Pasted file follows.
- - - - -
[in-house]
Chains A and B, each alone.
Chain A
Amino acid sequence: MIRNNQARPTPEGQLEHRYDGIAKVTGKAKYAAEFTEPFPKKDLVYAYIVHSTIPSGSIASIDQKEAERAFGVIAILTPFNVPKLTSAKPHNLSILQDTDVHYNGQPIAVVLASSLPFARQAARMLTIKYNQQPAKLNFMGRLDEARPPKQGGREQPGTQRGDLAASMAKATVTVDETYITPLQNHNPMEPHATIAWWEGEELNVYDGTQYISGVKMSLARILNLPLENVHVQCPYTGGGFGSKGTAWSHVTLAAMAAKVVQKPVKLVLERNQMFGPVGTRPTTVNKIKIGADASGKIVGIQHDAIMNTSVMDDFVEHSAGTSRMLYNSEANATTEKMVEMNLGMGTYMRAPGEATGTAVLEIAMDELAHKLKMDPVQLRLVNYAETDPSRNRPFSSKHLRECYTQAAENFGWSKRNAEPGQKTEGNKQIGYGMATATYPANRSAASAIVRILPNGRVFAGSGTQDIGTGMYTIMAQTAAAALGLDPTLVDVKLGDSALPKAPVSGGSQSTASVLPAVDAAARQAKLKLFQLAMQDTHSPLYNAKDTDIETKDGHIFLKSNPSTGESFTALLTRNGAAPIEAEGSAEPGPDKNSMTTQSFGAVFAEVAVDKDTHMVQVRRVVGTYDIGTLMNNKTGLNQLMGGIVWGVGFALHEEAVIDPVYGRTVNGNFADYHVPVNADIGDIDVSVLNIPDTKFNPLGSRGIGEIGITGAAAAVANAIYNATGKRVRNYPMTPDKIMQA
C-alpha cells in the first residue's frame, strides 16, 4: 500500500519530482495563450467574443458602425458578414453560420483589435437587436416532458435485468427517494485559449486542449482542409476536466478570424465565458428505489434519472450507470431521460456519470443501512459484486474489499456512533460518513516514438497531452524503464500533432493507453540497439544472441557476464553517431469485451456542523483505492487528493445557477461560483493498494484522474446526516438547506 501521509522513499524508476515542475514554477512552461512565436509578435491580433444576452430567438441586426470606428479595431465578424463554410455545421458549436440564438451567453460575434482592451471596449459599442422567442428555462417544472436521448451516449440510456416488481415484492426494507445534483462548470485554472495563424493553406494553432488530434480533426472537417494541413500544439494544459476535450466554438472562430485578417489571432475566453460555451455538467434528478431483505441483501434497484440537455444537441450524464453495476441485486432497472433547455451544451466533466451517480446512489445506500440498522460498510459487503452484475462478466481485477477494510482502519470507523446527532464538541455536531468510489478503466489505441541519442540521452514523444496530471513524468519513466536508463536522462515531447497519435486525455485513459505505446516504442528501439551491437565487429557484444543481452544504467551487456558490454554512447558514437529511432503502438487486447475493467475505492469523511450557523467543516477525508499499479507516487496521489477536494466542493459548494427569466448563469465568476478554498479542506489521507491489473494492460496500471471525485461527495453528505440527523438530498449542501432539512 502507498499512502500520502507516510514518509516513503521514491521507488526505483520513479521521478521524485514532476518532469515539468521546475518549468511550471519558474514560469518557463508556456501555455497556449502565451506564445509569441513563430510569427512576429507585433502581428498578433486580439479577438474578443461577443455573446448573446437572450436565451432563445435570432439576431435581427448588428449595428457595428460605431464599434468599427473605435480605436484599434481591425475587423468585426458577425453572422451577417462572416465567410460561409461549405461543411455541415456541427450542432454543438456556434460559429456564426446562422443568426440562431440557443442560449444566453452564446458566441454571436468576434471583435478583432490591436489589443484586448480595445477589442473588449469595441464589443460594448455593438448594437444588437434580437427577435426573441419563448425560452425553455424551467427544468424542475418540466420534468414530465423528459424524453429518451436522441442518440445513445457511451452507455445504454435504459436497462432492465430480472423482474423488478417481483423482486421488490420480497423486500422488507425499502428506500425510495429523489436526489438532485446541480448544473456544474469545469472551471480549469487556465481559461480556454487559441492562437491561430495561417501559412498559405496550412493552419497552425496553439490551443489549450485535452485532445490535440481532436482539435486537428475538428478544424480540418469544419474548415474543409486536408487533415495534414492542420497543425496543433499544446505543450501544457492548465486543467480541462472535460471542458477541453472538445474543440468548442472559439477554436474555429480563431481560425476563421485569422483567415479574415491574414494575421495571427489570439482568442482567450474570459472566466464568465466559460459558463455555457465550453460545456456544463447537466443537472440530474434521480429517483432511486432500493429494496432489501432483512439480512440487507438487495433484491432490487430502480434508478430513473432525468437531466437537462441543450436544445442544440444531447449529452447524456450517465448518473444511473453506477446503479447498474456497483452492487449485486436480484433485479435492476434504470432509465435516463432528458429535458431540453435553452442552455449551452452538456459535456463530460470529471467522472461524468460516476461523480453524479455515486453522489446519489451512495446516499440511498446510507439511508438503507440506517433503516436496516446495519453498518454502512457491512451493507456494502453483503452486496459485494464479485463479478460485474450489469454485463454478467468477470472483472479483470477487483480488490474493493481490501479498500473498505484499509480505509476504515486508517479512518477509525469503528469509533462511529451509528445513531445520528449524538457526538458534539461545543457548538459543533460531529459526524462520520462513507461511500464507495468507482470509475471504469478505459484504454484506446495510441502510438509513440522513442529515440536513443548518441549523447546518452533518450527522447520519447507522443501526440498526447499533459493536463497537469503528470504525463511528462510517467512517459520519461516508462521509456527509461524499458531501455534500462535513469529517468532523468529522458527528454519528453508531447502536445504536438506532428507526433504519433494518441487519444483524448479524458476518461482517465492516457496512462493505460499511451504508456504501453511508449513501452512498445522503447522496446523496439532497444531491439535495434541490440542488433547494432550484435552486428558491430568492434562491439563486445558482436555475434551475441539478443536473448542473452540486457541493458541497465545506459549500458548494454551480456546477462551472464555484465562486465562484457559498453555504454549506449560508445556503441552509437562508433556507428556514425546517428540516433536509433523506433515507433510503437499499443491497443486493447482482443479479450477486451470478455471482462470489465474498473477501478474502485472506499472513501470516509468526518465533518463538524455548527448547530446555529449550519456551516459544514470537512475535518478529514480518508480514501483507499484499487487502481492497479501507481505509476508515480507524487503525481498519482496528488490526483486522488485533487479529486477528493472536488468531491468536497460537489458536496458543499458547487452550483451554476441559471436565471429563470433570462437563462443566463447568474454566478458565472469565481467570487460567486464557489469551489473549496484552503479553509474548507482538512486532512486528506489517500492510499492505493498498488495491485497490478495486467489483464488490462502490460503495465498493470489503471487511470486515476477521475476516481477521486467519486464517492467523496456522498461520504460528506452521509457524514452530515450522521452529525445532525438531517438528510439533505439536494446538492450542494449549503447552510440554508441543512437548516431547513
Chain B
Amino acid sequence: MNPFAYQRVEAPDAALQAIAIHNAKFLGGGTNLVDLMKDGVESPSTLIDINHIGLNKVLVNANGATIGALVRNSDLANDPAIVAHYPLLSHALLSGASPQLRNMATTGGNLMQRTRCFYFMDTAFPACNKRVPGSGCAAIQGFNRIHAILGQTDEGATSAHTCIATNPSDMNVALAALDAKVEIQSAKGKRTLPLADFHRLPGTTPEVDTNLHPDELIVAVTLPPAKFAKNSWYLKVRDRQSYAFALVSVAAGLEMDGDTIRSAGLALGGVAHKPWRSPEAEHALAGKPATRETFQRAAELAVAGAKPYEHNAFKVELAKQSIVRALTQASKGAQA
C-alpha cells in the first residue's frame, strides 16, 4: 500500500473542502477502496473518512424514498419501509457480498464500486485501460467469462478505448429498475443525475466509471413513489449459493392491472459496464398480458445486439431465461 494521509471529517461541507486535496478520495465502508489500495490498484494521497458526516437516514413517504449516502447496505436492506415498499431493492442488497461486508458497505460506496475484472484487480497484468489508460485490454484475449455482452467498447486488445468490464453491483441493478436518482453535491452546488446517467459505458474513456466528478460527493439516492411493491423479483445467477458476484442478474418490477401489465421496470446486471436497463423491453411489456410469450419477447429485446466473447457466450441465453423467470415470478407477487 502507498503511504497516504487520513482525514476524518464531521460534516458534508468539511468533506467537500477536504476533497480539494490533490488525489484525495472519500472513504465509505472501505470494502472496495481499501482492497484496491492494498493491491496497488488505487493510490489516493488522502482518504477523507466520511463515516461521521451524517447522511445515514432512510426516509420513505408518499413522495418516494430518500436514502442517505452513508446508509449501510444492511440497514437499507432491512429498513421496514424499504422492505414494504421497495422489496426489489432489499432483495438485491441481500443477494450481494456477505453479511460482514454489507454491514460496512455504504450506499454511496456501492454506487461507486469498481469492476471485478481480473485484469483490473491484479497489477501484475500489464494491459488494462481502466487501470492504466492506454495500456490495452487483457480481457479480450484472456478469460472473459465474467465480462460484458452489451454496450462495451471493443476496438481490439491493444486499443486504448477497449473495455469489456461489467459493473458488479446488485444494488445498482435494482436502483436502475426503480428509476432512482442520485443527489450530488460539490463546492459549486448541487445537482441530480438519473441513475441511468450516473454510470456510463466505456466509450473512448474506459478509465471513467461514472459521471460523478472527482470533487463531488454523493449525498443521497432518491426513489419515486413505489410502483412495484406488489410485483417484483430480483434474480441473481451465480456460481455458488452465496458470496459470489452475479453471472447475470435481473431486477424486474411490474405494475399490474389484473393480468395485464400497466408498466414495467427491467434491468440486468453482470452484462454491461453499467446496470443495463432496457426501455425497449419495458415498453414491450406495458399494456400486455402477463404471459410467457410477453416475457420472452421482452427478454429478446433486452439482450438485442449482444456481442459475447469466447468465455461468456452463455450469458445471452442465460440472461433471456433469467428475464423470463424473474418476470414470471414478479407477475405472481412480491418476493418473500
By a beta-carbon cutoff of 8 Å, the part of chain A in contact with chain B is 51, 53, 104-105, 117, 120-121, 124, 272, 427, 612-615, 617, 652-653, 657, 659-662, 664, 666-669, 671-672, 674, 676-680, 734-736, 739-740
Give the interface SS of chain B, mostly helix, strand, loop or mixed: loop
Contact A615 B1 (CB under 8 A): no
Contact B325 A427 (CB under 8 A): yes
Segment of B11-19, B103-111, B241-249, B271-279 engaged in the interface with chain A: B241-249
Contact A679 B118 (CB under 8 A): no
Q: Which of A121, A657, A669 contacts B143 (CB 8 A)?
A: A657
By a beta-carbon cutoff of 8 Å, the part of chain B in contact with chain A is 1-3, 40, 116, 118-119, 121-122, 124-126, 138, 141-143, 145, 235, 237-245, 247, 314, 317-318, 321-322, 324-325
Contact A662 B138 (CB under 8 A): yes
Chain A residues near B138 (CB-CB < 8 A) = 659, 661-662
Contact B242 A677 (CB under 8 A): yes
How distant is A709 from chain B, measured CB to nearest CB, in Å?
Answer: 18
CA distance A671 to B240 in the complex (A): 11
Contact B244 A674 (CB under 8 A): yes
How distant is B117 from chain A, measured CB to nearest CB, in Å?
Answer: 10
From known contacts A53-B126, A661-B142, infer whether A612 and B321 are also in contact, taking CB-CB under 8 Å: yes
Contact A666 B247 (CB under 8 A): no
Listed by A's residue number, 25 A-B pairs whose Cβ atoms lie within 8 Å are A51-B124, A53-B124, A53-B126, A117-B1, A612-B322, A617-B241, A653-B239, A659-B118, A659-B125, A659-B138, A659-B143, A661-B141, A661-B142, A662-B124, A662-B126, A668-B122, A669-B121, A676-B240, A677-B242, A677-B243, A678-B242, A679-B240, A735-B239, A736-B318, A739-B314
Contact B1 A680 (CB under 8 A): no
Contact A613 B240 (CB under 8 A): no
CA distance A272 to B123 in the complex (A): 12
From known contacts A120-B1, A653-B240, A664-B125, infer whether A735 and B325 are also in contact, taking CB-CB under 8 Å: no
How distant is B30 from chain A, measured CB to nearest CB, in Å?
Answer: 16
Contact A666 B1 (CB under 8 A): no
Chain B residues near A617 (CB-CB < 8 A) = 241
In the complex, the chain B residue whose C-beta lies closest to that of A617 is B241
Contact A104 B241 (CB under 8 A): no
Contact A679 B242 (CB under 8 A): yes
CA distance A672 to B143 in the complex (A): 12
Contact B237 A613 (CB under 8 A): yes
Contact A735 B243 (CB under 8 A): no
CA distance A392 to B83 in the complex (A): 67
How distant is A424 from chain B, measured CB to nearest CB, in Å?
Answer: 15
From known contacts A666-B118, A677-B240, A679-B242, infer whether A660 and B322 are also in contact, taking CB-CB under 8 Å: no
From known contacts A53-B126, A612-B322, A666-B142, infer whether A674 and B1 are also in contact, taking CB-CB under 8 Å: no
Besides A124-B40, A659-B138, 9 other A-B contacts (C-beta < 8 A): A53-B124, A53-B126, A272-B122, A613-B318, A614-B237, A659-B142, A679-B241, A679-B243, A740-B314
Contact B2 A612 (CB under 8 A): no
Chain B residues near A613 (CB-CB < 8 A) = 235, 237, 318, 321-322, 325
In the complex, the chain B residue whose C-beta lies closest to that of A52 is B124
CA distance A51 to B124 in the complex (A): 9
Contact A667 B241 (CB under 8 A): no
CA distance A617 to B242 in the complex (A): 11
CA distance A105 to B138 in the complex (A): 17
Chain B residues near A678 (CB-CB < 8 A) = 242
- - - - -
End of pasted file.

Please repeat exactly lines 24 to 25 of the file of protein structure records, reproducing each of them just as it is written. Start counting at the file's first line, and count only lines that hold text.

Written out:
Contact B244 A674 (CB under 8 A): yes
How distant is B117 from chain A, measured CB to nearest CB, in Å?